CONCORD, N.C. — Ronnie Long, a Concord man who has been fighting for his freedom for over four decades, is now a free man after he walked out of prison Thursday afternoon.
WCNC Charlotte talked exclusively with Long by phone hours before his long-awaited release.
“I asked her are you serious?" Long recounted to WCNC Charlotte's Michelle Boudin after learning he would finally be freed. "She said, 'Yeah you’re gonna go home, you’re gonna come home."
Long finally walked out of prison, where he has spent 44 years behind bars proclaiming his innocence. The State of North Carolina, which put him there and kept him there, finally agreed earlier this week when they filed to vacate Long's 1976 rape conviction.
Long said he and his attorneys have been fighting for this exact moment for over four decades.
“And I’m like, I’m speechless,” Long said. “I mean it’s magnificent. It don't get no better. This is what I’ve been working for. This is what I’m been looking for."
"I appreciate the support," Long told reporters Thursday afternoon. "I appreciate the people who came out and supported me."
Long said he is excited to meet all of the new family members who were born while he was locked up in prison.
"I got nieces and nephews standing out here, that don't even know me," Long said. "I gotta go see my nieces and nephews."
While in prison, Long said he never lost hope that one day he would be freed. Now, he plans on enjoying his time as a free man.
"Every minute I can enjoy. Every time I have left in my life, I'm gonna try to enjoy that first," Long said.
Long left the interview with one clear message:
"They will never ever ever... lock me up again," Long proclaimed.
"Ronnie Long suffered through 44 years of injustice. I can't imagine the strength he and his loved ones needed to endure it. I am elated that he will soon be free."
In the state's filing Wednesday, the Fourth Circuit Court of Appeals was asked to issue the mandate immediately.
Three of the judges with the federal appeals court said Monday they believed Long was innocent and had had his rights violated.
Those judges said the case should be closed based on what they saw as “extreme and continuous police misconduct” — that included lab tests that show Long was “not linked to the crime scene in any way.”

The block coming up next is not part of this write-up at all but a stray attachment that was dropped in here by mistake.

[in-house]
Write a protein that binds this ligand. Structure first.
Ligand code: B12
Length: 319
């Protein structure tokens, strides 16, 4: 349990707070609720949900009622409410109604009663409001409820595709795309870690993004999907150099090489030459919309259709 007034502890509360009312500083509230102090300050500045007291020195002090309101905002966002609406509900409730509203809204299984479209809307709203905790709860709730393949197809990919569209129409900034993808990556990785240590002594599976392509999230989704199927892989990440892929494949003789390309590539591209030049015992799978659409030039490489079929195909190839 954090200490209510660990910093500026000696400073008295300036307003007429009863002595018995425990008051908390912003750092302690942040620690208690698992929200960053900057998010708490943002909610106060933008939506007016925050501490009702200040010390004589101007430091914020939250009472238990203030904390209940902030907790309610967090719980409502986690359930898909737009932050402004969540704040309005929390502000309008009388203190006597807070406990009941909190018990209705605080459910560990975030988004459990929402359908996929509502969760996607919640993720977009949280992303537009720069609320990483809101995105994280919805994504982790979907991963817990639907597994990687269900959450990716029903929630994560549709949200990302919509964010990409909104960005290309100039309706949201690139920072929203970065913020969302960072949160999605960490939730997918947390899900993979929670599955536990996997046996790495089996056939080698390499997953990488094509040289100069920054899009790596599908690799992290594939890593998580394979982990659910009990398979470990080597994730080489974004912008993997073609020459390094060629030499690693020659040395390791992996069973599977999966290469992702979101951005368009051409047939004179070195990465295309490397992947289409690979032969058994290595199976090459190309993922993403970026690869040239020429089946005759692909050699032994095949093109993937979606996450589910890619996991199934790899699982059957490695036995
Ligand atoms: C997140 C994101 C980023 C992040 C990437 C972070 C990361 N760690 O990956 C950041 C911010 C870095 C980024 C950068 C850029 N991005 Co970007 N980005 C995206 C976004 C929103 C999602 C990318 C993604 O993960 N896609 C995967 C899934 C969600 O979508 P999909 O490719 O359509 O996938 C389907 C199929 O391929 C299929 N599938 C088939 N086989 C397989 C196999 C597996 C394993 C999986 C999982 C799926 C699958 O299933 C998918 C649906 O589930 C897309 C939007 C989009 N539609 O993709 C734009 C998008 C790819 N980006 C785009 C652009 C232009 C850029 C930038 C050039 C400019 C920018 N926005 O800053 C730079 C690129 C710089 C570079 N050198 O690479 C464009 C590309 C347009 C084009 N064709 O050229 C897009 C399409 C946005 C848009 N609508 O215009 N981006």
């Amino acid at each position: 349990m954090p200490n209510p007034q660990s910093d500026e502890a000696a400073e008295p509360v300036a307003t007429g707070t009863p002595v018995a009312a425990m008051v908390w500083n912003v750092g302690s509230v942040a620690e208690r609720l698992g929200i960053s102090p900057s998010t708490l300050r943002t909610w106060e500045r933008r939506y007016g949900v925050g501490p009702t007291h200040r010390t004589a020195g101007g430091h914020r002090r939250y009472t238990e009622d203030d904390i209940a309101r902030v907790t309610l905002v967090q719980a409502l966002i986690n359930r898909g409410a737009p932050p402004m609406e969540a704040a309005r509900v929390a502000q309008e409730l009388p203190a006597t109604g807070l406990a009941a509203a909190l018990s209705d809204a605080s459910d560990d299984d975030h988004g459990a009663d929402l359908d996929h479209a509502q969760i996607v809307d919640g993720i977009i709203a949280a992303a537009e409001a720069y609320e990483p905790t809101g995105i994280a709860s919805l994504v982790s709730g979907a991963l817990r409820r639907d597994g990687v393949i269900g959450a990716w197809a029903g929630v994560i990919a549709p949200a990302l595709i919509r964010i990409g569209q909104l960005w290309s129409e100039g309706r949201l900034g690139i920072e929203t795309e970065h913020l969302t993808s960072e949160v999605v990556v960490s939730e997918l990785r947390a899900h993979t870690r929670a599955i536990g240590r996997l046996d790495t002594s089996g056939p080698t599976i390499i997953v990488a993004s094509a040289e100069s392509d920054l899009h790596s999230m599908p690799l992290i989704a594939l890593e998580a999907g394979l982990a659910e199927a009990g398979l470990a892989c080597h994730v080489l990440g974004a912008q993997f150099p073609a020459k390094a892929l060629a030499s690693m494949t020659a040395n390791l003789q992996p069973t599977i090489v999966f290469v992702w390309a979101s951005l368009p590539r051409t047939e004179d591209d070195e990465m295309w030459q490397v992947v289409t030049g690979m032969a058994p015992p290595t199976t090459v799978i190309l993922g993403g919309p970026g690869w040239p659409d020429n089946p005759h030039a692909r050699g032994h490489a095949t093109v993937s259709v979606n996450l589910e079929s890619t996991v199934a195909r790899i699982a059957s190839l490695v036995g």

"Liberty means something you don’t just take away a person's freedom it means something," Judge James Wynn said at the time.
PHOTOS: Ronnie Long released from prison
Jamie Lau, Long's attorney from the Innocence Project, announced Wednesday the State of North Carolina filed a motion with the Fourth Circuit asking them to immediately issue the mandate in Long’s case.
Lau broke the news to Long Wednesday morning.
"He was emotional," Lau said. "You could hear the happiness through the phone, he was laughing a little bit with disbelief."
An all-White jury heard the case back in 1976, at a time when racial tensions ran high in Concord.
Lau said their appeal was based largely on Concord Police detectives hiding evidence that pointed to another suspect.
WCNC Charlotte's coverage timeline of the Ronnie Long case:
- November 2009: Concord man gets second day in court after 32 years
- March 2010: NC Supreme Court hears appeal from Concord man
- August 2014: Prison wedding for Concord lifer claiming innocence
- February 2020: Wrongfully convicted? Concord man has new hope for appeal after 44 years
- March 2020: Concord man serving for crime he says he didn't commit has to wait longer for appeal due to COVID-19
- April 2020: Update: Concord man claiming innocence will get his day in court — virtually
- May 2020: Concord man claiming innocence will get his day in court virtually on Thursday
- May 2020: 44 years later, Concord man's innocence argued in appeals court
- June 2020: 'We know this is a racial injustice' | Renewed plea to release Concord man claiming innocence
- July 2020: "I'm struggling to stay alive" | Concord man loses his mom while in prison and awaiting a decision on his freedom
- August 2020: 44 years later, federal appeals court rules the rights of Concord man were violated at trial
- August 2020: 'This is the epitome of injustice' | NC NAACP president calls for immediate release of Ronnie Long